If you ride horses or deal with them regularly, you might already know the info in this tidbit (even so, you might find this more detailed article interesting. For the rest of you, here’s something you may not know. Horses were used in different capacities in the Regency. That’s why Sheridan considers raising money by selling some of his. A gentleman might have saddle horses for riding and carriage horses for pulling his carriage. A rich gentleman might also have Thoroughbreds for racing. Then, if their racing days are over, the owner might keep them for putting out to stud and charge stud fees. So Sheridan kept the moneymaking horses and (very sadly) sold some of the saddle horses.
Beyond taking chemistry in college, I know very little about it, so I did a great deal of research for this particular book. I spent FAR too much time watching videos of experiments, but at least I got a direct sense of how certain chemicals reacted to each other. And I found some funny stories about early chemists. There was Christian Friedrich Schönbein (inventor of the fuel cell and guncotton and discoverer of ozone) who, in 1845, despite having promised his wife not to experiment in their kitchen, was doing so while she was away and used her apron to sop up a combo of nitric acid and sulfuric acid. Then he hung the apron over the stove to dry and it ignited and burned to ash so quickly that it seemed to vanish! I sure hope it wasn’t his wife’s favorite, although I can totally see Olivia doing something like that (accidentally, of course) to her husband’s nightshirt. Ooh, that could lead to some sexy times, couldn’t it?
Guns during the Regency were sometimes things of beauty, like the one I describe in The Bachelor that Thorn offers to Joshua as payment for his being bodyguard to Gwyn. If you want to see what it looked like, I based it on an actual set of dueling pistols, a picture of which is on Pinterest here and here. I also have an image of Joshua’s seven-shot flintlock pepperbox pistol, made by Henry Nock of London around 1800, which looks big enough to use as a club after you run out of loaded barrels. Of course, it would take you a while to run through them all since the barrels had to be turned by hand! My Pinterest page for the book also features a number of blades in canes, pistol canes . . . everything you need to be a bodyguard.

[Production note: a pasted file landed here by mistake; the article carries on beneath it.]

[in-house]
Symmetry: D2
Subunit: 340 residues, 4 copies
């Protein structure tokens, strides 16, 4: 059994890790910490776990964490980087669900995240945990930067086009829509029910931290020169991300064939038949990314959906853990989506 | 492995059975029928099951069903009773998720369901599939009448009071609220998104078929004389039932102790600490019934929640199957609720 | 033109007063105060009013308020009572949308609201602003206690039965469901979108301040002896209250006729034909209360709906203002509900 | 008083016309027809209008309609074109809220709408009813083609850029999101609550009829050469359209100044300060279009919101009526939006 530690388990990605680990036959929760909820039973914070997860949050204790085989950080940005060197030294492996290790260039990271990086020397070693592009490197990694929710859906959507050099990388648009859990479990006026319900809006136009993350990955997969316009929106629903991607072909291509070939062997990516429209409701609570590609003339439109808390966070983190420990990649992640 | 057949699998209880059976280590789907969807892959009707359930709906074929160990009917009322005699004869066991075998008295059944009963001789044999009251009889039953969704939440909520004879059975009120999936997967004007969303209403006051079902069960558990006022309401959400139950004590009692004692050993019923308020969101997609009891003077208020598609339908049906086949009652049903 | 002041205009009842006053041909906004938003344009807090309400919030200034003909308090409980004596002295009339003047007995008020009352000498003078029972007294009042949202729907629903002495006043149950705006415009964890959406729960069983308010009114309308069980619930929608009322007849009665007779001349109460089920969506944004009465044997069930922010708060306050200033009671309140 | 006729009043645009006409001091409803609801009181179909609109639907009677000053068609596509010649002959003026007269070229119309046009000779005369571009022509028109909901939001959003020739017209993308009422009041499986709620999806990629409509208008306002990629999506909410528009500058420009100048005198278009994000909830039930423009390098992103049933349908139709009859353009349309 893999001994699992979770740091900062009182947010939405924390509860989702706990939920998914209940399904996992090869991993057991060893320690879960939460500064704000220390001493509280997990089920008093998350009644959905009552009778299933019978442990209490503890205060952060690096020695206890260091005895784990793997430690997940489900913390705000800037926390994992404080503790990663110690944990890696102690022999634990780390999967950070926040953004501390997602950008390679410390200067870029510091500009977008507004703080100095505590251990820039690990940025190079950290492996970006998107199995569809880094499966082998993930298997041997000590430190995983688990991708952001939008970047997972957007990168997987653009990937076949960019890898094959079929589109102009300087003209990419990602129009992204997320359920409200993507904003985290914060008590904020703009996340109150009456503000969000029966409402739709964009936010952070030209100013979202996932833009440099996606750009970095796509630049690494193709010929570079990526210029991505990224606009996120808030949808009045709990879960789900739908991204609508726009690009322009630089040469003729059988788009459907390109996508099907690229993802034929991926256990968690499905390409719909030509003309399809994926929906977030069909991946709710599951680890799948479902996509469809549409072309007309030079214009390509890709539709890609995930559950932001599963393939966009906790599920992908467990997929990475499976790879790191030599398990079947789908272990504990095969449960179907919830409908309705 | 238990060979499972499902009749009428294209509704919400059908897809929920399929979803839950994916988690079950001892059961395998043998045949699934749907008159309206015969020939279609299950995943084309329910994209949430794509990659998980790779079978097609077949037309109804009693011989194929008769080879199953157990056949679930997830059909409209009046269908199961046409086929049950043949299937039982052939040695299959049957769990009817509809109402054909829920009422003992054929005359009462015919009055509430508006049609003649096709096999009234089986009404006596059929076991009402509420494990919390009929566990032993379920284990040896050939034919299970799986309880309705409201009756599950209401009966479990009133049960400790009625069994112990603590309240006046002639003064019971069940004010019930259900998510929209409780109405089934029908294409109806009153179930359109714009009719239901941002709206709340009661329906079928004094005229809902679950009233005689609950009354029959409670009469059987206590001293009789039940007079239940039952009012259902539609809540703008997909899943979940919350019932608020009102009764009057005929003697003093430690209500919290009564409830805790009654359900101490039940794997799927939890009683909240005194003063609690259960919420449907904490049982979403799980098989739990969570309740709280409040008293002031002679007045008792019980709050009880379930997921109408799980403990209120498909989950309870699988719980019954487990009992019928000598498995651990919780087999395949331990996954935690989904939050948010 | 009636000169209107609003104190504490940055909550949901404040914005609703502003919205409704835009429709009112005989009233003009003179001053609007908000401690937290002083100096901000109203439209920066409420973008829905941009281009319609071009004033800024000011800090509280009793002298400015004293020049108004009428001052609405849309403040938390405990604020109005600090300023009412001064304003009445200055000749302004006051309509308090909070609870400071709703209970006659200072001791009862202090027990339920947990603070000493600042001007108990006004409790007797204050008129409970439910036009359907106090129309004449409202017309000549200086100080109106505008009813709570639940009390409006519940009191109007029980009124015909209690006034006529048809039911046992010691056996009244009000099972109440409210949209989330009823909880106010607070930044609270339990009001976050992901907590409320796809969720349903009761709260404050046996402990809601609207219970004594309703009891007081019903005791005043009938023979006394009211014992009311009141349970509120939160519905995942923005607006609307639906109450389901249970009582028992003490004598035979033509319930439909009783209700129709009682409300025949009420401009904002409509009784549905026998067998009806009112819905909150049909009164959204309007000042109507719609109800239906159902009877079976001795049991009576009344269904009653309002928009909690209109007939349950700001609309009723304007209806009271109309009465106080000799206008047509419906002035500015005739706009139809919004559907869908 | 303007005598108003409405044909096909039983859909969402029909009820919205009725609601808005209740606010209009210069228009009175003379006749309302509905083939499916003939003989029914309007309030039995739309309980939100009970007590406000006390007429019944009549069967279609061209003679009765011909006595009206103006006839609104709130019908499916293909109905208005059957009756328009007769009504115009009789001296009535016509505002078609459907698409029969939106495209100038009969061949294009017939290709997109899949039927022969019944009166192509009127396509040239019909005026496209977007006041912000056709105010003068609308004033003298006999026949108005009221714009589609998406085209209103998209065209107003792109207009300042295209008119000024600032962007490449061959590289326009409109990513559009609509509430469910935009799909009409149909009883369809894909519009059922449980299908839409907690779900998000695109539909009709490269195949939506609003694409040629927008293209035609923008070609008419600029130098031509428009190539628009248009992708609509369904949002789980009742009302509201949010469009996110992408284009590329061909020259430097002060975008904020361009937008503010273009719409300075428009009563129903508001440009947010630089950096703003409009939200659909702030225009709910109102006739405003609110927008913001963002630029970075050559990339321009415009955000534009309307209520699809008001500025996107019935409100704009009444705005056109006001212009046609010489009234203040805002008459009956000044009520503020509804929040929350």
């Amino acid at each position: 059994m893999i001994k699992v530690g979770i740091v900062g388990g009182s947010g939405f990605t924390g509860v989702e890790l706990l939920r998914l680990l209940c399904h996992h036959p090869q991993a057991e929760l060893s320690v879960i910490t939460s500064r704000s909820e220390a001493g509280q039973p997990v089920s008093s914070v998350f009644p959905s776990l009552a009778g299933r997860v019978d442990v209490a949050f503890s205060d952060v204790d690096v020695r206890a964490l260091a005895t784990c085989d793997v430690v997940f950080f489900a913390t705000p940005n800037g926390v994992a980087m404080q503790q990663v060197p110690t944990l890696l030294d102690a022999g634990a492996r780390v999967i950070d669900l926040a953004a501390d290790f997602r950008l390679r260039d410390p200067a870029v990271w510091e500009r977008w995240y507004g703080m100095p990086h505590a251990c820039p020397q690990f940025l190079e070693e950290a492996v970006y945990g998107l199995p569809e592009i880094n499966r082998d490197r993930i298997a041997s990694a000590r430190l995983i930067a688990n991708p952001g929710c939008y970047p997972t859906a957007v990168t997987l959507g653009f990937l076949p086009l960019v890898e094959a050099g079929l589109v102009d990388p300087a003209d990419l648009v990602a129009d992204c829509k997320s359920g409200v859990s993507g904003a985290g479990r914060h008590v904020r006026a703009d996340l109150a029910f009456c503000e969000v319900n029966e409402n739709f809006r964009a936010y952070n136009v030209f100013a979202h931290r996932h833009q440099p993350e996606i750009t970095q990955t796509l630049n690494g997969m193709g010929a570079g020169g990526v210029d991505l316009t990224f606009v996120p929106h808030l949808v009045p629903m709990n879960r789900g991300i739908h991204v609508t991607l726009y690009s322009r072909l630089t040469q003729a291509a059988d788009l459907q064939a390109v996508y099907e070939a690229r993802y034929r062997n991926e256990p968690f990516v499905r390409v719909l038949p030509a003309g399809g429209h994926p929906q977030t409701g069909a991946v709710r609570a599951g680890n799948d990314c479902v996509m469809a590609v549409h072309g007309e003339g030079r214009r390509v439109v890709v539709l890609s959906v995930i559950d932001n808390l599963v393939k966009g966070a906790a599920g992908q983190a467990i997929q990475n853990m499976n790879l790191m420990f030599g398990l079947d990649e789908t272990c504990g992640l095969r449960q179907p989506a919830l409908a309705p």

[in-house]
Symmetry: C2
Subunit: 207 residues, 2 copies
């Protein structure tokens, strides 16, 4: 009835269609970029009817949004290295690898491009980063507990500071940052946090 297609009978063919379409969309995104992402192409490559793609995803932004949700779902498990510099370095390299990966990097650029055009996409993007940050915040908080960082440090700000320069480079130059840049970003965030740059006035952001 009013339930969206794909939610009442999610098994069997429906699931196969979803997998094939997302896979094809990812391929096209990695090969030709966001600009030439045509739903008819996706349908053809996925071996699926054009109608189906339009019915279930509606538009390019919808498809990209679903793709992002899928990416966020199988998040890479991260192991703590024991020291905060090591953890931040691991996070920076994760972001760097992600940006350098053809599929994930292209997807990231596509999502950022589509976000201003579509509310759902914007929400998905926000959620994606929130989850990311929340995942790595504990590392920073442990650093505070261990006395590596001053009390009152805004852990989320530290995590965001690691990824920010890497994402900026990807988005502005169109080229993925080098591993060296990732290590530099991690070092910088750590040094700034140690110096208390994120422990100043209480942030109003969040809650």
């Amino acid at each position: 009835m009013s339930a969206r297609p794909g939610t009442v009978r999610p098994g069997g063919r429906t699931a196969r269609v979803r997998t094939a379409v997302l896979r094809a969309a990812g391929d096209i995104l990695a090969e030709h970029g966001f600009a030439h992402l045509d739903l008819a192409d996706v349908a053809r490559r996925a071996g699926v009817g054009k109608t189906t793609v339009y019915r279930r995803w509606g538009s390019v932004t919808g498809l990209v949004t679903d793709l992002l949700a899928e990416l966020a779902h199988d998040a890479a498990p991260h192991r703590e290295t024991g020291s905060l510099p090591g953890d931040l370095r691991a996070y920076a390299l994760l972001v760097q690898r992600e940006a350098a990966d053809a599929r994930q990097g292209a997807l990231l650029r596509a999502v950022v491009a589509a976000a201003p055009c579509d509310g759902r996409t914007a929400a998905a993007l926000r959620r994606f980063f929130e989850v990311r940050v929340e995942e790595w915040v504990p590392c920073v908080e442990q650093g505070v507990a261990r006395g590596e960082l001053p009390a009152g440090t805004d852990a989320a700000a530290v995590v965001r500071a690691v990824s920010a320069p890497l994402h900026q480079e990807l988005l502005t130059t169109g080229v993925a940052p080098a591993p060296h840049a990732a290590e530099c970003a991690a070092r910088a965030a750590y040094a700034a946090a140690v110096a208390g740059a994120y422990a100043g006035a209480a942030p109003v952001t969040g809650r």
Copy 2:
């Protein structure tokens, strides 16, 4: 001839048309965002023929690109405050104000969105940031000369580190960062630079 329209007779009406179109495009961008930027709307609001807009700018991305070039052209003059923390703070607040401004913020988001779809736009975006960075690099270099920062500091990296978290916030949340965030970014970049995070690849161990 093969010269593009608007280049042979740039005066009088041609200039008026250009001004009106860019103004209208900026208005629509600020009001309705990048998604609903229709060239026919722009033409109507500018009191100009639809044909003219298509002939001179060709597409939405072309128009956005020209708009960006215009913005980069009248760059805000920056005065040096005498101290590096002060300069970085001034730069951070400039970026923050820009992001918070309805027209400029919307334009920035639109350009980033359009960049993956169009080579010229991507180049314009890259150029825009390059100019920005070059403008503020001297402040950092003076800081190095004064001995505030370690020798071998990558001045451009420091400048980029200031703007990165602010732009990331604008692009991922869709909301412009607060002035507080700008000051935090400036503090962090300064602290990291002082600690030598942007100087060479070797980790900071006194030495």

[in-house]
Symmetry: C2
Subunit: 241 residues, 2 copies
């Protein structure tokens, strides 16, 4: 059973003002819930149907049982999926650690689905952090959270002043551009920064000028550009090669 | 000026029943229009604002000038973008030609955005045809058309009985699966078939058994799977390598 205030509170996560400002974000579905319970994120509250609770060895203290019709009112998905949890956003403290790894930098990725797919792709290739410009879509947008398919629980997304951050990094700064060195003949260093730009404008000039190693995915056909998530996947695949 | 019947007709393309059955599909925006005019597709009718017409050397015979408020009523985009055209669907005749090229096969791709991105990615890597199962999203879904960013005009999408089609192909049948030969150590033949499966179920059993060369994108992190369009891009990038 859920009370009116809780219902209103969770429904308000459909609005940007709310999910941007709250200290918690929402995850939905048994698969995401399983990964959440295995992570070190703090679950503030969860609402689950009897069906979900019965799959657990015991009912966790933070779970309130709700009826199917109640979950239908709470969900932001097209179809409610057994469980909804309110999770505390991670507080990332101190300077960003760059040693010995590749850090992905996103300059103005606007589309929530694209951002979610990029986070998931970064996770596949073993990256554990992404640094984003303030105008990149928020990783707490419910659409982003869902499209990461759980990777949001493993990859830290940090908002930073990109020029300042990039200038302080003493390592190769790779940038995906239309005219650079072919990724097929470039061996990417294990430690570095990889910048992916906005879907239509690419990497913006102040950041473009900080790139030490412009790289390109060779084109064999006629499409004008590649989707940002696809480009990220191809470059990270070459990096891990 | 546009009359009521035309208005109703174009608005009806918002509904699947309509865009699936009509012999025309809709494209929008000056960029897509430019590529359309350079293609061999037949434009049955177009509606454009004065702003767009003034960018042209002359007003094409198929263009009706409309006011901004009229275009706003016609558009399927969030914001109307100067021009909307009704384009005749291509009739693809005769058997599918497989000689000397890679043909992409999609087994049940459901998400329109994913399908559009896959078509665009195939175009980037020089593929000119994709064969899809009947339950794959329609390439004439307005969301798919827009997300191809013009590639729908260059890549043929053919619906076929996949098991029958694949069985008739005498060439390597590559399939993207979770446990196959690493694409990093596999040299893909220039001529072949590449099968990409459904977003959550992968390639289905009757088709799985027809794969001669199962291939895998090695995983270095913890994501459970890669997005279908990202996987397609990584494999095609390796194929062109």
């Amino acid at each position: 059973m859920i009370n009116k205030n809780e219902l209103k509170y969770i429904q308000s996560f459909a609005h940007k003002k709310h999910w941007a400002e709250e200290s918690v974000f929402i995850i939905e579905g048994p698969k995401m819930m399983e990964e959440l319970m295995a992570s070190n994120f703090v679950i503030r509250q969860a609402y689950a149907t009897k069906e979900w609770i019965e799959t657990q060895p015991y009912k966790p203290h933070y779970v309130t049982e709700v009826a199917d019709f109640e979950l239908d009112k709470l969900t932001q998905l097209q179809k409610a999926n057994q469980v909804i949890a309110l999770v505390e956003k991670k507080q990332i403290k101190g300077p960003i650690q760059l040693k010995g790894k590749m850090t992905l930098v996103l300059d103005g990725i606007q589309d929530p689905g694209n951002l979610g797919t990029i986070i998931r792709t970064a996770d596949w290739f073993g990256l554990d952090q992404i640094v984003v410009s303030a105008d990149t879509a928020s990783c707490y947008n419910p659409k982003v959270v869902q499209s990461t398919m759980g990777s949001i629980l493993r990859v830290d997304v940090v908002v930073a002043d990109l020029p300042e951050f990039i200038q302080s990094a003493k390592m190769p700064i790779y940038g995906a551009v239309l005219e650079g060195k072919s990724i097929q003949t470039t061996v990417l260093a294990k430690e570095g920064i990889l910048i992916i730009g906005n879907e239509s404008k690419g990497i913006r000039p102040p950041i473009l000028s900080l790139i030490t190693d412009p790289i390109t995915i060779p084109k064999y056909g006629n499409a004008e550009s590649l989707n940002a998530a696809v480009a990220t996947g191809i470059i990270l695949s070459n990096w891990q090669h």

My Royal Brotherhood series is about three illegitimate sons of the Prince of Wales, whose term as Regent is what gave the period the name of “Regency.” Two of the three sons are actually considered legitimate by the laws of the time, so those two are able to have titles. English law dictated that if a child was born into a marriage, the father was legally the husband, no matter what he might say about it. And of course there was no way to tell in that period that the child was of a different father. Also, having a child by the Prince of Wales wasn’t exactly frowned upon, especially if the husband looked the other way. In fact, I loosely based Marcus, Viscount Draker and the hero of the second book, on George Lamb—fourth son of the first Viscount Melbourne—who was widely rumored to be Prinny’s son. It didn’t seem to have hurt him—George married a duke’s daughter!
The heroine in my upcoming book, Who Wants to Marry a Duke, is a chemist. I based her on an actual female chemist from the period, the Scottish Mrs. Fulhame. Most people have never heard of her and we know little about her beyond the book she wrote detailing her experiments. Yet she published that critical work on her findings about catalysis long before any male chemist was credited with it, and she was lauded by a number of prominent chemists at the time, both in America and England. She even acknowledged that she expected some criticism from men over her work: “But censure is perhaps inevitable: for some are so ignorant, that they grow sullen and silent, and are chilled with horror at the sight of anything that nears the semblance of learning, in whatever shape it may appear; and should be the spectre appear in the shape of a woman, the pangs which they suffer are truly dismal.” Kudos to Mrs. Fulhame! We may not know the exact date of her birth, but she left her work behind to advance scientific discovery anyway. For that we can only be grateful. Go here to read more about her.